Published : 2014-04-04 21:02
Updated : 2014-04-04 21:02
U.S. President Barack Obama is scheduled to arrive in Seoul on April 25 for an overnight stay following his three-day state visit to Japan, diplomatic sources here were quoted by local media as saying this week. It will be his fourth trip to Seoul since taking office in 2009.
The White House earlier announced that Obama would travel to Japan, South Korea, Malaysia and the Philippines in late April, stopping short of disclosing detailed schedules. A South Korean official said Wednesday Obama’s itinerary in Seoul had been fixed and consultations were underway on the timing of a formal announcement.
Obama has accepted Japan’s request for his state visit to include two nights, which will have him in Seoul for less than 24 hours before embarking on the trip to the two Southeast Asian countries.
Some commentators here take note of the difference between the lengths of Obama’s visits to South Korea and Japan, suggesting Seoul may have been outwitted by Tokyo in becoming the diplomatic priority of Washington. But this view seems an overly sensitive reaction.
What matters will not be how long he will stay here, but how substantial his consultations with South Korean leader Park Geun-hye will be. It was not wise for Obama’s original schedule to exclude Seoul on the ground he had already visited frequently. He later made a wise decision to visit Seoul for a fifth time, which will prove essential for consolidating Washington’s trilateral cooperation with its two key allies in Asia at a time when tensions run high on the Korean Peninsula and concerns are mounting over China’s rapid arms build up. Obama hosted a three-way meeting with Park and Japan’s Prime Minister Shinzo Abe, who have been at odds with each other over historical issues involving their countries, in The Hague last month on the sidelines of the Nuclear Security Summit.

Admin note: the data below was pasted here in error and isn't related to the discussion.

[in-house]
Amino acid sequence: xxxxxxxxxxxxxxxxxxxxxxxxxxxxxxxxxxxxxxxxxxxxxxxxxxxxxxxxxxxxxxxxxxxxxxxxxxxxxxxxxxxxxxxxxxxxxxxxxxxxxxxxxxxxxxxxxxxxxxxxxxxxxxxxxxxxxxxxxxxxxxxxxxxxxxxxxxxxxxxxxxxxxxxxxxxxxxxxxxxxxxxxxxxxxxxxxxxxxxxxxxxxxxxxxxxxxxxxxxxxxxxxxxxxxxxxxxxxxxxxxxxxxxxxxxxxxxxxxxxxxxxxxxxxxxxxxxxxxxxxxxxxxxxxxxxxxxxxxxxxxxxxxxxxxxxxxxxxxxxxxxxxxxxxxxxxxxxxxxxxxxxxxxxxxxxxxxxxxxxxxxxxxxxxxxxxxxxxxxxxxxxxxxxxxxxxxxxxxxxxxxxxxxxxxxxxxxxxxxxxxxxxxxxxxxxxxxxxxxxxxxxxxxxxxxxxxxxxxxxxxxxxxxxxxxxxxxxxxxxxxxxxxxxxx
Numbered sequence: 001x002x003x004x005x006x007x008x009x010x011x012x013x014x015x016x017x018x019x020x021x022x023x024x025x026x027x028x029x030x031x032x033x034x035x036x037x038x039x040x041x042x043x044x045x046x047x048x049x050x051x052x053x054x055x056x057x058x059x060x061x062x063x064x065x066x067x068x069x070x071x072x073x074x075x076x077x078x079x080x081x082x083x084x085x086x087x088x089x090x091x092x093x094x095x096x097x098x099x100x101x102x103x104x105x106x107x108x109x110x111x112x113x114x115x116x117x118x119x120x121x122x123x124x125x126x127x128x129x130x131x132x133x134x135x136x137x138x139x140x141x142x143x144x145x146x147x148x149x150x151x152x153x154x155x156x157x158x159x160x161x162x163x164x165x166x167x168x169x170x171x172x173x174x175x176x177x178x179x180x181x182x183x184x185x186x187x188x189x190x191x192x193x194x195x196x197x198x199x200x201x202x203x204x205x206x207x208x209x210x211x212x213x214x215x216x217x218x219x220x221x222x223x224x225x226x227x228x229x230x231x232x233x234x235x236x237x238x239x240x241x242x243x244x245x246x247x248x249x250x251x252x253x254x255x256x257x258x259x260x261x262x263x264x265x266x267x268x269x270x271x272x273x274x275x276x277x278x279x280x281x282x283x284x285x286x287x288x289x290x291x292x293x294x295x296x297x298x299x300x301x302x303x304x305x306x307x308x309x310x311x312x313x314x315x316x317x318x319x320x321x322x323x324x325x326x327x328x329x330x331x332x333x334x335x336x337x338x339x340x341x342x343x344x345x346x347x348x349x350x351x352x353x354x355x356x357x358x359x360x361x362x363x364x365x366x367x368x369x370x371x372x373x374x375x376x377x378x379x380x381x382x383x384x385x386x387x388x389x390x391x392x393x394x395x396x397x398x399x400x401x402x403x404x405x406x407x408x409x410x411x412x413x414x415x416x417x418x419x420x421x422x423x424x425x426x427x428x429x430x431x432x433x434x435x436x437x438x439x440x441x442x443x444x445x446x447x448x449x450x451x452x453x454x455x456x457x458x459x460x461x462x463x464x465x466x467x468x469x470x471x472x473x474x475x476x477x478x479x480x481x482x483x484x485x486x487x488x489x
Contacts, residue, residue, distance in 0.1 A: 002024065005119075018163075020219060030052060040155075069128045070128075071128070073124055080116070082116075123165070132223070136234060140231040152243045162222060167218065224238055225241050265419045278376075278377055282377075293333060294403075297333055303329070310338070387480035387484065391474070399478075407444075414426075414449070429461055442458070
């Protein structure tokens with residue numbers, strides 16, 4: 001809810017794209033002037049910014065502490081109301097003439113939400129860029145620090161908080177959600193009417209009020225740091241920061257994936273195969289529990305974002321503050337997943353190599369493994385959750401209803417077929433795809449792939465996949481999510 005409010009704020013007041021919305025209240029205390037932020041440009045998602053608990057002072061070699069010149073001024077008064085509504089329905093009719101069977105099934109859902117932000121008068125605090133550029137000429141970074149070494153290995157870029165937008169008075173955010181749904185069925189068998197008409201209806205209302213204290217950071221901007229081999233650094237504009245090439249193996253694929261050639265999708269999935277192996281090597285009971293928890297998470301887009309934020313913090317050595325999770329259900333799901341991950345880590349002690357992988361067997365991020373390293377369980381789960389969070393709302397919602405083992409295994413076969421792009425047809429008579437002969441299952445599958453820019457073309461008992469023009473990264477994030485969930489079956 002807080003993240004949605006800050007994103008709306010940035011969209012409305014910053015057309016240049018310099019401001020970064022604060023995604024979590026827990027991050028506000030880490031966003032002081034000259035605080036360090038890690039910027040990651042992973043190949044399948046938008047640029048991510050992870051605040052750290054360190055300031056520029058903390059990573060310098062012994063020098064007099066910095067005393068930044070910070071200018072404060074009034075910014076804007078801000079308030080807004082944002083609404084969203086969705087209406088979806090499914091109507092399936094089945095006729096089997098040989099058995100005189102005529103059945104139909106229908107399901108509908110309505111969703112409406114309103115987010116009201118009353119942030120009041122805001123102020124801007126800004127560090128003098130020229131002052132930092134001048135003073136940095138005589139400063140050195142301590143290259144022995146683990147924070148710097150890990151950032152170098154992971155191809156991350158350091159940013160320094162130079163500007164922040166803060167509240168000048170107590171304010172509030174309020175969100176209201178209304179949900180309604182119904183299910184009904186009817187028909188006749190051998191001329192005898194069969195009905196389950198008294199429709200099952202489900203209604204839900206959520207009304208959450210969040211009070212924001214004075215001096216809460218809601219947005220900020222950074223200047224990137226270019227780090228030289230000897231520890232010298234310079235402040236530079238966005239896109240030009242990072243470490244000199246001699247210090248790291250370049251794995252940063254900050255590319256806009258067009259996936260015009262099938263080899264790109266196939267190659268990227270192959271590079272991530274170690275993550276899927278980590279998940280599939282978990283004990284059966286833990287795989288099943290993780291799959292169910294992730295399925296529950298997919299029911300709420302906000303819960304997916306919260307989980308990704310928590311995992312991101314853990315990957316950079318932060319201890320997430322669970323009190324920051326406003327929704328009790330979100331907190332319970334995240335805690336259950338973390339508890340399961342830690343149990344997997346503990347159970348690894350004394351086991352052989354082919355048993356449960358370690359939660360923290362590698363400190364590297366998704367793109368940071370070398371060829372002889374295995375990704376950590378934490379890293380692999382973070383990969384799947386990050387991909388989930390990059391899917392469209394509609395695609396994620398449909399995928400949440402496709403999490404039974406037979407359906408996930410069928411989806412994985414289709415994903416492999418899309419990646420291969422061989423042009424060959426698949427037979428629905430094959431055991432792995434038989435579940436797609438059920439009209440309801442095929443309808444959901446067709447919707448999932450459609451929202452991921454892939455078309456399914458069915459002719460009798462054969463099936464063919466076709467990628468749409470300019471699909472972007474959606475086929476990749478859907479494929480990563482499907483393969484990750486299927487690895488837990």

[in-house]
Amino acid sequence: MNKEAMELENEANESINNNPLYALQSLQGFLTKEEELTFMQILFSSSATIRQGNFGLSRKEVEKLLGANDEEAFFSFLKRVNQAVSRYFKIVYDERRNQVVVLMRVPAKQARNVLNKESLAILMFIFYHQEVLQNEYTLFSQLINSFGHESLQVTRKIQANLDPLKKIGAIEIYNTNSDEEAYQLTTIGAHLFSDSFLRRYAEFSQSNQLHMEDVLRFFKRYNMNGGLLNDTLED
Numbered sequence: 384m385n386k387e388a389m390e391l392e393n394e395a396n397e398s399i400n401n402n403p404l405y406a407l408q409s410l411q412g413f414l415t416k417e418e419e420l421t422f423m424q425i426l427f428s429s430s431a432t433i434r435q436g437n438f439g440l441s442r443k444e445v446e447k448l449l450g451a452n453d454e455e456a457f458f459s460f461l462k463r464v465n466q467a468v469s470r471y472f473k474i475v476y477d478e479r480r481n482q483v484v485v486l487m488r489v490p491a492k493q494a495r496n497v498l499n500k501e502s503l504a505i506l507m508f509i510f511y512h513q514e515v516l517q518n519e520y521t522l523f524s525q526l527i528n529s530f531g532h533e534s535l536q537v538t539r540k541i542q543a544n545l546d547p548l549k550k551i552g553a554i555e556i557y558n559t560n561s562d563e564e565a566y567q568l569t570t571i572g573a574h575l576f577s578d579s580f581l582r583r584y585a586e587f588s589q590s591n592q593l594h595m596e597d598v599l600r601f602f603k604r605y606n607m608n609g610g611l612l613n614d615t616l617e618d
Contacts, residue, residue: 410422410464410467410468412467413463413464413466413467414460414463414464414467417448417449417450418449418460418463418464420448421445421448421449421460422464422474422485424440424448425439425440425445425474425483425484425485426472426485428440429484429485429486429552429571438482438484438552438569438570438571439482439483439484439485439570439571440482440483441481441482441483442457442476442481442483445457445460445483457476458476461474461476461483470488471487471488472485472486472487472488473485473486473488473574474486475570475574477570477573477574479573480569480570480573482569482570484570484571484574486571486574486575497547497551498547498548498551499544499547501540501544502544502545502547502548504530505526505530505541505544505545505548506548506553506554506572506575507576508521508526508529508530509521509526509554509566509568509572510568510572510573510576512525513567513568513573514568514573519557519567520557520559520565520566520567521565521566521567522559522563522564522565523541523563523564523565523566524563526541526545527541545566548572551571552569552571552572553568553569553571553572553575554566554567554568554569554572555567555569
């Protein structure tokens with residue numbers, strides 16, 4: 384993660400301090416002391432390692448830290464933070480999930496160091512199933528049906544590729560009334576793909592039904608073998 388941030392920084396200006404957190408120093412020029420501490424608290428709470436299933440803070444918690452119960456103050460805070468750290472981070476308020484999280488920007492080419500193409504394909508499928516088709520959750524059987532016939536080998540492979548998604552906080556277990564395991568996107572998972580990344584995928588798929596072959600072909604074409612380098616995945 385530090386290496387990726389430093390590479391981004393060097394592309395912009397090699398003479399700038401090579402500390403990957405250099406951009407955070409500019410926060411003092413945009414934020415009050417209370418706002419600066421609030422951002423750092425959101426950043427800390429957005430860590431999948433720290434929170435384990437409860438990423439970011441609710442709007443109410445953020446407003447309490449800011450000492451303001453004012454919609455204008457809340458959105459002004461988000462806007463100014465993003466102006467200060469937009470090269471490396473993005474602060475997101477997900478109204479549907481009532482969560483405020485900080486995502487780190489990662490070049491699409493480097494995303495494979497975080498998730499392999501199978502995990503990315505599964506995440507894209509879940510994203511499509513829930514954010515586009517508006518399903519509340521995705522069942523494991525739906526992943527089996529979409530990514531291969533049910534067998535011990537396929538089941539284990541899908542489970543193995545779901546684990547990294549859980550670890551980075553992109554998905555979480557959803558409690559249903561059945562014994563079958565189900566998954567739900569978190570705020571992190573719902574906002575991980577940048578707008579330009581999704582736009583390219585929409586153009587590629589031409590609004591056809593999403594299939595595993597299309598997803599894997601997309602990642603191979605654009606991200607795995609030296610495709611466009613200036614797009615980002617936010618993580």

It is hoped that his short stay in Seoul will be enough time for the U.S. and South Korean leaders to hold close consultations on ways to cement the bilateral alliance and send a stern warning against North Korea’s recent moves to ramp up tensions. On the occasion of his visit, Seoul officials also need to be more thoughtful about resolving pending issues with Washington, including South Korea’s participation in the U.S.-led regional missile defense shield.